Stretch Armstrong and the Flex Fighters

TV review by
Emily Ashby, Common Sense Media
Stretch Armstrong and the Flex Fighters TV Poster Image
Hasbro hero teams up with pals in fun superhero tale.

Parents say

age 8+
Based on 2 reviews

Kids say

age 7+
Based on 4 reviews

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We think this TV show stands out for:

A lot or a little?

The parents' guide to what's in this TV show.

Educational Value

Intends to entertain rather than to educate.

Positive Messages

A mixed bag. On one hand, kids see three teens with unique powers use them to keep their community safe from harm. To do so, they must learn how to work as a team and set aside individual egos to make use of their specialized skills. On the other, violence is the only means of resolving conflict. The Flex Fighters must hide their real identities, even from those closest to them.


Positive Role Models & Representations

Jake and his friends use their newfound abilities to protect other people, sometimes to their own detriment.

Violence & Scariness

Much cartoon violence, including crashes, smashes, punching, and some weapons like guns (but only against the bad guys). There's no realistic injury, but buildings and vehicles are demolished in violent ways.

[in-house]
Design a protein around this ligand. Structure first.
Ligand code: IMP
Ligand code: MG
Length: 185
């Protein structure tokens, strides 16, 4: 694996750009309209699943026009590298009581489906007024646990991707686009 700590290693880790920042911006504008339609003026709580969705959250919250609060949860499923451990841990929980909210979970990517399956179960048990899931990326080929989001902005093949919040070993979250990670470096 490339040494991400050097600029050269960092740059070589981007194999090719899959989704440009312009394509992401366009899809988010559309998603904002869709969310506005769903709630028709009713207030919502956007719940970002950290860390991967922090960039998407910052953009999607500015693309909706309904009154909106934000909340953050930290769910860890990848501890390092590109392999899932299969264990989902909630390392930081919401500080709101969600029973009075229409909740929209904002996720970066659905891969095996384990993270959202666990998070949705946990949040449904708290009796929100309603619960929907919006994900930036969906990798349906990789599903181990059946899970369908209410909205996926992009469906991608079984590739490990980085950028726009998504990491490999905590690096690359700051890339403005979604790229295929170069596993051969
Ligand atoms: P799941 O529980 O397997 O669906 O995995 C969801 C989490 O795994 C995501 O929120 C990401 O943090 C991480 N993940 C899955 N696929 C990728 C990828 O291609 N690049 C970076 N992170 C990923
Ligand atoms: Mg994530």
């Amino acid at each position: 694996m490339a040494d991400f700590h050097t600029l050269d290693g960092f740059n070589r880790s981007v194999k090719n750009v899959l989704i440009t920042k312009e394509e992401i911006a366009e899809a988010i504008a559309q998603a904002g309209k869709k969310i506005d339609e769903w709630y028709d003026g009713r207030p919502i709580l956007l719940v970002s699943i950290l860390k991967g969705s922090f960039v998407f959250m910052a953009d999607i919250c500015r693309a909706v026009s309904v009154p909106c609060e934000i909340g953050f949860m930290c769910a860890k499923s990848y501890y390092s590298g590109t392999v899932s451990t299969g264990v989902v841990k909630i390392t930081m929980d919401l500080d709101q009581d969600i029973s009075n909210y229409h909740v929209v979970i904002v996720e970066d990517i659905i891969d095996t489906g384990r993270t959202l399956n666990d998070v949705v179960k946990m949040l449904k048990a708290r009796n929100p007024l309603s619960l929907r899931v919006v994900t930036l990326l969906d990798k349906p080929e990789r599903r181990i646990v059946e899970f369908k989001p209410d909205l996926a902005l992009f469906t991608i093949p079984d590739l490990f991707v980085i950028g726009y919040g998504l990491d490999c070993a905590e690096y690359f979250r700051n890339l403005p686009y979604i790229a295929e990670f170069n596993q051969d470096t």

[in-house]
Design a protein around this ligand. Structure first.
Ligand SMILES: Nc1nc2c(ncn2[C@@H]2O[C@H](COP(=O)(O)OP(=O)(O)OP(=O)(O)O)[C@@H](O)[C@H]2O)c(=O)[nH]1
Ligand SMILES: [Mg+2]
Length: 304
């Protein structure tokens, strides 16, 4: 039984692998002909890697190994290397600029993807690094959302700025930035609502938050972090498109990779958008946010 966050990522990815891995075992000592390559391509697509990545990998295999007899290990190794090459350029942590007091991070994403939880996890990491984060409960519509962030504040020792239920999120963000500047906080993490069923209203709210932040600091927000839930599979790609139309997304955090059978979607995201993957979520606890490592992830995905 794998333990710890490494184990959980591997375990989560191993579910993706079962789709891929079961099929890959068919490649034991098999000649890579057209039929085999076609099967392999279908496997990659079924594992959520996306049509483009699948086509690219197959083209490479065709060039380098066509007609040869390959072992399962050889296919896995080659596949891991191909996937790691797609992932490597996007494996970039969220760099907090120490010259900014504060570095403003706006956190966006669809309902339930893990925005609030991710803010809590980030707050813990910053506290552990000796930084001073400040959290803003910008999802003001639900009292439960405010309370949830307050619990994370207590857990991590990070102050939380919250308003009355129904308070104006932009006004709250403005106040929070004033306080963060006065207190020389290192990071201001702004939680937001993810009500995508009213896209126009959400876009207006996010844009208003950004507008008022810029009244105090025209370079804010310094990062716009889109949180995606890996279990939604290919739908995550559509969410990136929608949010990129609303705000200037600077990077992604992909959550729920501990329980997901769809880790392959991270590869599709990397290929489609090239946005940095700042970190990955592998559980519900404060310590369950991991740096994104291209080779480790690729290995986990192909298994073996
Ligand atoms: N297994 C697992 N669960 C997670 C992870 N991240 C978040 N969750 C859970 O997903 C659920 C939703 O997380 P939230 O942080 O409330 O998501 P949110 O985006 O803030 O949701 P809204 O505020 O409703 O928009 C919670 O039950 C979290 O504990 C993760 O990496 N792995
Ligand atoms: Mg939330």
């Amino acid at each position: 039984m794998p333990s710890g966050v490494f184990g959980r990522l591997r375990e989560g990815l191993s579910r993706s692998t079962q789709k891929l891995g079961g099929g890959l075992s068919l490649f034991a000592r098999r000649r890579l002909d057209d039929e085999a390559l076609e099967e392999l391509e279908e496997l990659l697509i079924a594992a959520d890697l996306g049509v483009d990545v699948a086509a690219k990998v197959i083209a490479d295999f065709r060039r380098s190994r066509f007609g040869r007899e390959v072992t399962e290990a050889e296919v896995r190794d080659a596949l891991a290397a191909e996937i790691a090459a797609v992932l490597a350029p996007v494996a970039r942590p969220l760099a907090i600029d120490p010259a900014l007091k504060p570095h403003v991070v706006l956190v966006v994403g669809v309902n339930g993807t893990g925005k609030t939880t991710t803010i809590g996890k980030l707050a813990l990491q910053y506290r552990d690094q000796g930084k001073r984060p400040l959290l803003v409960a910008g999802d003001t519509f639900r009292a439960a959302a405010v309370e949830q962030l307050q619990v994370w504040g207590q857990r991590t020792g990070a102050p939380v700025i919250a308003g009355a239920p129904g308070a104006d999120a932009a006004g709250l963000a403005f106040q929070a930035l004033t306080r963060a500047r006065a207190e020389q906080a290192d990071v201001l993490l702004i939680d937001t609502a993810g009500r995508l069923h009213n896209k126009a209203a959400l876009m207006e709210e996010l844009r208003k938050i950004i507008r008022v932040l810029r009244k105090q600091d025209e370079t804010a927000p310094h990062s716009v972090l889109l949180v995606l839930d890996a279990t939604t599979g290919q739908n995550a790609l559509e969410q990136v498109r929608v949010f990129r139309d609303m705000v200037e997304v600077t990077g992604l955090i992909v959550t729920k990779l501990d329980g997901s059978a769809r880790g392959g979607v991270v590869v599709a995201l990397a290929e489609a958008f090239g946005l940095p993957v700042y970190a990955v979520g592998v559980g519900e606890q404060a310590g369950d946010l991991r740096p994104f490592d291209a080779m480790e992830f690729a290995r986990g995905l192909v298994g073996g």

Sexy Stuff

"Butt-kicking," plus name-calling like "jerk face" and "punk."



This series is inspired by the Stretch Armstrong action figure.

Drinking, Drugs & Smoking

What parents need to know

Parents need to know that Stretch Armstrong and the Flex Fighters is an animated superhero story inspired by Hasbro's flexible action figure of 1970s fame. The show's heroes are three teens who come by their powers accidentally but adapt to their new reality with enthusiasm, using their powers to protect their town from monsters of various shapes. There's cartoon violence in every episode, mostly involving punching, crashes, and the destruction of buildings and vehicles. Expect occasional name-calling, like "jerk face." But themes of teamwork are prominent in this likable superhero story, which also gives dimension to its characters' relationships with parents and friends.

User Reviews

  • Parents say
  • Kids say
Adult Written byNonafenders September 8, 2018

A commercialized, uninspired, sexist effort by Hasbro, Netflix, Chris Wyatt, Walmart, etc.

This show has little for young ladies in it, and is a not a good representation of women for young men, either. They are under-represented in general, and where... Continue reading
Adult Written bywideEyed December 19, 2017

It's consumerism at its finest

I'm shocked that common sense media gave this show zero points in the consumerism category. It actually says that consumerism is not present. The whole sto... Continue reading
Teen, 13 years old Written byAnnakitty March 17, 2018

Good Show for 7 year olds

Franky, most kids around seven (younger if they have older people around them, most likely) would find this an okay show. It seems a little stupid, but I’m sure... Continue reading
Kid, 9 years old November 24, 2017

Good hasbro and Netflix show, but different than the toy